Arsenal had 9 big chances today against Stoke — at least that’s what the 442 Stats Zone app told me this morning. That brings Arsenal’s total big chances to 17 on the season, more than any other team in the League.
Even Man City, the runaway best goal scoring team in the history of the game* have only created 12 big chances. And last season’s runaway best goal scoring team in the history of the game, Chelsea, only created 13 big chances in their opening five games last season.
Nine big chances in a game is kinda unheard of, I’m sure it’s happened somewhere but I don’t have any examples in any of my databases. Just to give you some perspective on that number, the most big chances Arsenal had in a single match last season was 5 and the Gunners only created a total of 88 big chances all last season. Imagine 10% of an entire season’s best goal scoring opportunities in a single game. As my baseball following friends would say “they should save some of those up, they might need them on a cold night in Stoke!”
But while Arsenal have created the chances, they haven’t finished them, until today when both Walcott and Giroud finally finished a big chance. Those two finishes brought Arsenal’s big chance conversion rate up from 0.0% to 11.7% (2/17). It’s all looking up from here!
That Arsenal scored two big chances is good but realistically, both players should have scored two more goals. I say this based off both the big chances scored by Arsenal last season (which was around 45%) and based on the fact that both players had wide open chances in great positions, that weren’t headers: Walcott had the rebound from Alexis’ shot and Giroud was gifted the ball in the best position on the pitch and missed wide — a miss which will surely go down in the Fernando Torres hall of shame.
Arsenal’s poor early finishing this season almost guarantees that they won’t finish the season with 50% finishing from big chances (over the last two seasons they finished 45% of their big chances, each season). To see how difficult it’s going to be to get to their mark last season, in order to get to their finishing rate of the last two seasons (45%) Arsenal need to score 12 big chances in a row without a miss.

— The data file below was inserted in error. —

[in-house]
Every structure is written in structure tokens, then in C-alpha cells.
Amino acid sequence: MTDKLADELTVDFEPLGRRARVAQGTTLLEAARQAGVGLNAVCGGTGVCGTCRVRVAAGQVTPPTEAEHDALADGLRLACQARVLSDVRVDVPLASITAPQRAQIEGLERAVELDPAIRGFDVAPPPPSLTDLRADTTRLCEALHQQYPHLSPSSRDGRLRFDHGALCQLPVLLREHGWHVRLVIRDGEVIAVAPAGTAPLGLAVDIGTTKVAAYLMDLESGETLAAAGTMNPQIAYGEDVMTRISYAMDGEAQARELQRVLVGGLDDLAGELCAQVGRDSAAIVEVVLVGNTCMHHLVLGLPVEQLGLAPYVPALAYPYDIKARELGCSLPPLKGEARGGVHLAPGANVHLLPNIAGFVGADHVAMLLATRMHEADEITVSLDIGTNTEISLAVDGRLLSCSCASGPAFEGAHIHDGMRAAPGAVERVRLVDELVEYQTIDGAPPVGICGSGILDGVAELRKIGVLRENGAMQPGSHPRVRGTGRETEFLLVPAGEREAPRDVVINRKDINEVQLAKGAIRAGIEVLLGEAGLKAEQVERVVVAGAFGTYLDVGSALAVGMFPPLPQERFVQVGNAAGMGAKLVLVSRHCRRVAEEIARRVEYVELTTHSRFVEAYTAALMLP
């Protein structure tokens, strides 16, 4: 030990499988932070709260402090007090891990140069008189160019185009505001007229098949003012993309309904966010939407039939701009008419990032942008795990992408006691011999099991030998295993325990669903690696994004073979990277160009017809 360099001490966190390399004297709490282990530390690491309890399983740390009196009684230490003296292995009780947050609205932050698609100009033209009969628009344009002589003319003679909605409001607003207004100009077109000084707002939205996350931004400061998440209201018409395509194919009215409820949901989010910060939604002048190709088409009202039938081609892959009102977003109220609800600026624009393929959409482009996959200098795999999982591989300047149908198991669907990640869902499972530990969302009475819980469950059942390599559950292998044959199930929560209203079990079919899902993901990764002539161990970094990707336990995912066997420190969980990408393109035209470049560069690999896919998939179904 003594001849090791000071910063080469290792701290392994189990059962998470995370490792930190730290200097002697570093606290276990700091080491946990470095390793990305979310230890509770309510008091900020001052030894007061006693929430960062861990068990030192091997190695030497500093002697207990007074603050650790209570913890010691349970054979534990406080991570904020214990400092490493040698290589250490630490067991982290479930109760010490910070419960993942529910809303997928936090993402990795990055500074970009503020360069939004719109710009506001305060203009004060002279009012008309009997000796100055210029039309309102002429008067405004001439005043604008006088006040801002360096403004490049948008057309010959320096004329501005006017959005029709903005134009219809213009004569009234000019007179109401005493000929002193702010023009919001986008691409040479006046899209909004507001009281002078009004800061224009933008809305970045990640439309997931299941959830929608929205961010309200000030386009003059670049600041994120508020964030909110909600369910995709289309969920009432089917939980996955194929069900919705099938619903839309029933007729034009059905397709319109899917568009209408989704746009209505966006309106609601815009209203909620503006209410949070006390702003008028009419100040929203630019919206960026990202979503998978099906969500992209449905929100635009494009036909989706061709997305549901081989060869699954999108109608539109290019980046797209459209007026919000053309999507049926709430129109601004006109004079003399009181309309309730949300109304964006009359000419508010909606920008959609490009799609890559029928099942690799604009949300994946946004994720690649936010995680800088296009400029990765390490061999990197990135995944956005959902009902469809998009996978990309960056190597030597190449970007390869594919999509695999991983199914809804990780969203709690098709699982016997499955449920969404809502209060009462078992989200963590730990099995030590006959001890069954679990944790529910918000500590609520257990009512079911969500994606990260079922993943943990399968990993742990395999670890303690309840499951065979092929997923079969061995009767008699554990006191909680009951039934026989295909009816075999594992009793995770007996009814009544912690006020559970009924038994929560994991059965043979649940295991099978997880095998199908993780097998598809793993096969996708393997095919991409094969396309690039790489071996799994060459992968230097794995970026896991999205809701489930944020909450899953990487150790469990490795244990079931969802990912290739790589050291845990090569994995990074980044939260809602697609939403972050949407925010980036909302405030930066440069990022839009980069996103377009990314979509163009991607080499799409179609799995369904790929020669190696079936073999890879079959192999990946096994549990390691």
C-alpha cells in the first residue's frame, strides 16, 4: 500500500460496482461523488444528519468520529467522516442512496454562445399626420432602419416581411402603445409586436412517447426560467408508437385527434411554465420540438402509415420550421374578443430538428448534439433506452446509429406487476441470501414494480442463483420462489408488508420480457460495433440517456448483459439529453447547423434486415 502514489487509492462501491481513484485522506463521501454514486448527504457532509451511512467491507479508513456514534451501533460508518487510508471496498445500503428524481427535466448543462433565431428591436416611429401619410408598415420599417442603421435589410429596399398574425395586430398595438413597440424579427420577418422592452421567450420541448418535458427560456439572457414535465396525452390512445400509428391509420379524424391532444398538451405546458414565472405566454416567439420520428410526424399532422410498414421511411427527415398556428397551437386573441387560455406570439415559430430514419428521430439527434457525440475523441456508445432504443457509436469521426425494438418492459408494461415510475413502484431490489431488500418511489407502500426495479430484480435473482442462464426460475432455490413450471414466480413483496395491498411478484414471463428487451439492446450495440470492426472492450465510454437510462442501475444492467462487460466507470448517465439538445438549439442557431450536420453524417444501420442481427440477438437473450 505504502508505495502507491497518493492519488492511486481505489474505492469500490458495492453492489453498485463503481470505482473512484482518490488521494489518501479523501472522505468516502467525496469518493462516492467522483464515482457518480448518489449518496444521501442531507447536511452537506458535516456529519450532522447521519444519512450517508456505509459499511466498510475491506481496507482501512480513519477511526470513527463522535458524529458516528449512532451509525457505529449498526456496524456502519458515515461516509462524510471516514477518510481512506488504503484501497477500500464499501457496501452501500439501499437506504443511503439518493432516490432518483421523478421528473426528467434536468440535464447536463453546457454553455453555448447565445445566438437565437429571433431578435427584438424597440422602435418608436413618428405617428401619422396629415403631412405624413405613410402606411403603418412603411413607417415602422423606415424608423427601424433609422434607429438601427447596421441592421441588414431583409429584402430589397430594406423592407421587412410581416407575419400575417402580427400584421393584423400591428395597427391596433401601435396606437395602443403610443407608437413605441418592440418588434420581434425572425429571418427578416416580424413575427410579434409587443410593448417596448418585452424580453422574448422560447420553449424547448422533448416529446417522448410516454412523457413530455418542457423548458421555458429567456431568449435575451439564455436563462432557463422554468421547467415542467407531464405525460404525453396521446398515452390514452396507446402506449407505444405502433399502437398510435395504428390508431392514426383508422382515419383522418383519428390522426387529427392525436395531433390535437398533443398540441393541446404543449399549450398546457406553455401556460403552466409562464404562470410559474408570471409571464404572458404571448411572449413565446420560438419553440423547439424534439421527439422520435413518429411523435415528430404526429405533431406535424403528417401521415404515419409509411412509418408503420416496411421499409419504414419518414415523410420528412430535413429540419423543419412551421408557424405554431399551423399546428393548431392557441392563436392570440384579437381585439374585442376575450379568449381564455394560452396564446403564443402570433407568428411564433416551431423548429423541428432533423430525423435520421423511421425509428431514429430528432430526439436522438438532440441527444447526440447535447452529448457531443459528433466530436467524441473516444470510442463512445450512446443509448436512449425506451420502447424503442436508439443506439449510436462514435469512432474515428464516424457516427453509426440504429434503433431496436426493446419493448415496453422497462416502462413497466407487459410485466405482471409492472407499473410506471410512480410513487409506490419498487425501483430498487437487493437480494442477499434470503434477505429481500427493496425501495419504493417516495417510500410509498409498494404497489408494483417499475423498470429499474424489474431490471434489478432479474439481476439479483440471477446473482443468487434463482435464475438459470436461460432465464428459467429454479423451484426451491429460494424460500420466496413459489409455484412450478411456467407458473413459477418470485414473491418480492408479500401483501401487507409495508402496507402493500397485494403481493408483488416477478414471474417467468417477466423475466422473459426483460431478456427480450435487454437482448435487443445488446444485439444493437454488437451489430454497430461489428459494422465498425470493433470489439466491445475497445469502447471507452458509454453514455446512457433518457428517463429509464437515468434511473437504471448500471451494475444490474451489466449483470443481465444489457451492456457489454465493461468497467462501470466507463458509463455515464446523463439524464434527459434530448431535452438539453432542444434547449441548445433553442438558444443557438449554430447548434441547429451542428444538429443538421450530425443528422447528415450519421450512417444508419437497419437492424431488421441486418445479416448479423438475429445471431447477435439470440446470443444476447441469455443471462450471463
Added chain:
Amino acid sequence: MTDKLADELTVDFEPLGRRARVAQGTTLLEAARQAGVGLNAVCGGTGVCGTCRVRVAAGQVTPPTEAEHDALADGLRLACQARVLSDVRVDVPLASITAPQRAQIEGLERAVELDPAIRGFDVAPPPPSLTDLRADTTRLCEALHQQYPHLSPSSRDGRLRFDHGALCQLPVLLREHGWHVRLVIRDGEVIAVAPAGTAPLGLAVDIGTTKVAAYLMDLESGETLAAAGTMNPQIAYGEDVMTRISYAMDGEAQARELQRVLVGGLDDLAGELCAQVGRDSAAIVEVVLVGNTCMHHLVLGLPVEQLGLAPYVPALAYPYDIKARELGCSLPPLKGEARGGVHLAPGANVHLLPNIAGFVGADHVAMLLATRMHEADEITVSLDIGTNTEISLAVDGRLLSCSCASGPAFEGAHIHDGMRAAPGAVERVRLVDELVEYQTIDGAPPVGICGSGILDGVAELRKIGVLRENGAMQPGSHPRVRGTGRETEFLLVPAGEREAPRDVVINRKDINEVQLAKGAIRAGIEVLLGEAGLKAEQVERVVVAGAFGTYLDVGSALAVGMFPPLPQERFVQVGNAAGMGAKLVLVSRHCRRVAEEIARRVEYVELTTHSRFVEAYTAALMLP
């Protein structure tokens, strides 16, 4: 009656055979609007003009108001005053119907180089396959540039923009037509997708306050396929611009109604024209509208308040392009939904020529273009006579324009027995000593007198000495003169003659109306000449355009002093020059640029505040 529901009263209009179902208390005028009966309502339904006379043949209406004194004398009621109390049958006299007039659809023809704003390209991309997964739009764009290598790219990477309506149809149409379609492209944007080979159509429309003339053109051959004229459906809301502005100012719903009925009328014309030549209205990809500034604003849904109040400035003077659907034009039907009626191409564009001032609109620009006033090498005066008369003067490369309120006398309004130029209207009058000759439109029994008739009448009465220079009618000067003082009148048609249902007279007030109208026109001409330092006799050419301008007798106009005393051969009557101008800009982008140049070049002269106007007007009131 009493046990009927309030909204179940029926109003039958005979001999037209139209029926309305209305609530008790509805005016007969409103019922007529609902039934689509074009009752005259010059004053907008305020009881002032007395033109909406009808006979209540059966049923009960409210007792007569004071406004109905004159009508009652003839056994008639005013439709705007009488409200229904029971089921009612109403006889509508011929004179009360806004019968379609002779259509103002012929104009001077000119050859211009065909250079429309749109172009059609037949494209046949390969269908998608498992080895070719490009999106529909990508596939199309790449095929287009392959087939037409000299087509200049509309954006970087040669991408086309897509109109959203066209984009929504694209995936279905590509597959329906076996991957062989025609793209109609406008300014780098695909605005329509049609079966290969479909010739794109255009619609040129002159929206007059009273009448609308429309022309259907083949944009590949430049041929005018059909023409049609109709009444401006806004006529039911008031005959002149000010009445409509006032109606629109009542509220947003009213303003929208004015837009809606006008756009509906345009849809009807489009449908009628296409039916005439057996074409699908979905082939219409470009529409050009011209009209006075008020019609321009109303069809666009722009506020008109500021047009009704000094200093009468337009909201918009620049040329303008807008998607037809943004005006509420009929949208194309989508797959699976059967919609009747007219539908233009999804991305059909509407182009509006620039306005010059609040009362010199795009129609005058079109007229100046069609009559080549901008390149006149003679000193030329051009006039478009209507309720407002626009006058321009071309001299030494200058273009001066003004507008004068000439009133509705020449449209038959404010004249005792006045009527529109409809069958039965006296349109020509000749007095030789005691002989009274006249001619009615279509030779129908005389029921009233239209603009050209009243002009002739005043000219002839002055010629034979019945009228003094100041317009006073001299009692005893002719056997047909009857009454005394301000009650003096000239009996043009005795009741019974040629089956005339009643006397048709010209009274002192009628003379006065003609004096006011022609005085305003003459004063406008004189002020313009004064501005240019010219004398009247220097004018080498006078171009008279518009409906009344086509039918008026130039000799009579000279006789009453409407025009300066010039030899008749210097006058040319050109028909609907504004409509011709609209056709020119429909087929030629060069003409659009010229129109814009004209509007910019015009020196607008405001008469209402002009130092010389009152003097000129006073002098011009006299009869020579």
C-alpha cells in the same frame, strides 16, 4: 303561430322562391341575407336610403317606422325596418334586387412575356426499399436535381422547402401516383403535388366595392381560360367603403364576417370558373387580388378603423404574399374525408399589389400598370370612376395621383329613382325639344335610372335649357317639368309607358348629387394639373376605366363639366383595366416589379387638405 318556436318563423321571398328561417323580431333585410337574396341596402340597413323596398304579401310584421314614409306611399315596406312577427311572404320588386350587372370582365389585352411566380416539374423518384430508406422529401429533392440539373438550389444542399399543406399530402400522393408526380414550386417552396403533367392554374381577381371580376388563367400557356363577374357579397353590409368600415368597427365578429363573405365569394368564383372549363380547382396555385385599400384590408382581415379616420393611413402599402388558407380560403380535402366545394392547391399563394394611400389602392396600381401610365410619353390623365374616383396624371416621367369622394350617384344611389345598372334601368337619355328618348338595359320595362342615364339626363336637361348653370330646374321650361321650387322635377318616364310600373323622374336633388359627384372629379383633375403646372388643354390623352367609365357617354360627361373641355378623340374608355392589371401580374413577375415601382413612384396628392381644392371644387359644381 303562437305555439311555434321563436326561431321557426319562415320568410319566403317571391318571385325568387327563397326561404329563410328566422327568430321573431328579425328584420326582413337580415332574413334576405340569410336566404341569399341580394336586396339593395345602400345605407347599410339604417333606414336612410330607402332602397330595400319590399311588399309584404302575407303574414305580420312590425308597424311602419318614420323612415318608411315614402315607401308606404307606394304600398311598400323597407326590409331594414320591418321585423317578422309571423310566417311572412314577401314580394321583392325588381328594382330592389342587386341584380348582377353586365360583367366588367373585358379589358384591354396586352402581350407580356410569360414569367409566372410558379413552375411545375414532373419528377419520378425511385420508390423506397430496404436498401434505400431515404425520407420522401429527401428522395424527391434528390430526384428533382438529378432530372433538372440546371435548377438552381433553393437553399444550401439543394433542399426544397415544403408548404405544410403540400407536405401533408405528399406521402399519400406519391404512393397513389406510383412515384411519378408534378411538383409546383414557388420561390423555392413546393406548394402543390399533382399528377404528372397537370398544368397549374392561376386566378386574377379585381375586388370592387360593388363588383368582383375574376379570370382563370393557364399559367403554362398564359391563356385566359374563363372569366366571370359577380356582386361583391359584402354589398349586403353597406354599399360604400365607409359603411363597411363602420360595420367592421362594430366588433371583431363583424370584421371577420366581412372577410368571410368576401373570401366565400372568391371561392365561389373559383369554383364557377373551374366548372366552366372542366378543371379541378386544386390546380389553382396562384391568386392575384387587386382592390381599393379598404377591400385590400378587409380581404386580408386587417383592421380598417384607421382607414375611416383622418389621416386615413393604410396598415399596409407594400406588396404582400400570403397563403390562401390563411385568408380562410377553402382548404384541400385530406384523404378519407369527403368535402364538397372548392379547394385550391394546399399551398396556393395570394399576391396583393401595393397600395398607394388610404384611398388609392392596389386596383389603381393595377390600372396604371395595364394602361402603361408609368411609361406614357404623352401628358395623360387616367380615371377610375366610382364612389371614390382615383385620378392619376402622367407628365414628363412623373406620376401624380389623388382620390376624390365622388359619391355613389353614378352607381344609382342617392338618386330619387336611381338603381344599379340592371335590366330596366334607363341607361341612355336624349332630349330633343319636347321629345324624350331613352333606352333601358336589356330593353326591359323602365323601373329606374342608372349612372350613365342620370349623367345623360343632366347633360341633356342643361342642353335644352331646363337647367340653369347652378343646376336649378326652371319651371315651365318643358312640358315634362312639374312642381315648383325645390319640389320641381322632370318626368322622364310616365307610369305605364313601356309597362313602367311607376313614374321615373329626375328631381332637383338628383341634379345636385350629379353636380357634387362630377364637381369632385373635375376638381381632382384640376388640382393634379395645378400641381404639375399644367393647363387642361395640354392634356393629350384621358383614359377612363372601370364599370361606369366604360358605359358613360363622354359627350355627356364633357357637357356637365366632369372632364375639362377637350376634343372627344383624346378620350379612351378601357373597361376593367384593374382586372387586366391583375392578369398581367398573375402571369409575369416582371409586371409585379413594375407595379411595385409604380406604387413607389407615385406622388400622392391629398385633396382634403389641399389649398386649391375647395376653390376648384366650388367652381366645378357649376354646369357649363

The gambler’s fallacy here is that Arsenal will “regress to the mean” and start scoring at a higher percentage. Regressing to the mean actually indicates that if we look at another 5 game period they will probably be closer to their mean in that second five game period (45%) than they were in the first (12%). In short, the number of shots that they have missed has NO impact on the number they will score in the future but people still believe that.
Arsenal’s Profligate Son Returns
With a whopping 28 attempts, no player in the top five leagues of Europe has taken more shots this season than Alexis Sanchez. Sanchez even has more shots than all of Newcastle United (21). The problem is that he’s not getting the shots on target: he’s only tested the ‘keeper 8 times in those 28 attempts.
One weird thing about stats is that some companies insist on removing blocked shots from their accuracy numbers. If you do that Alexis has a fantastic shot accuracy of 8/15 (53%) but if you’re quick at math you will note that Alexis has been blocked 13 times in 28 attempts (46%!!). No player in the top five leagues has been blocked as many times as Alexis and removing his blocked shots makes him look artificially more accurate than he is.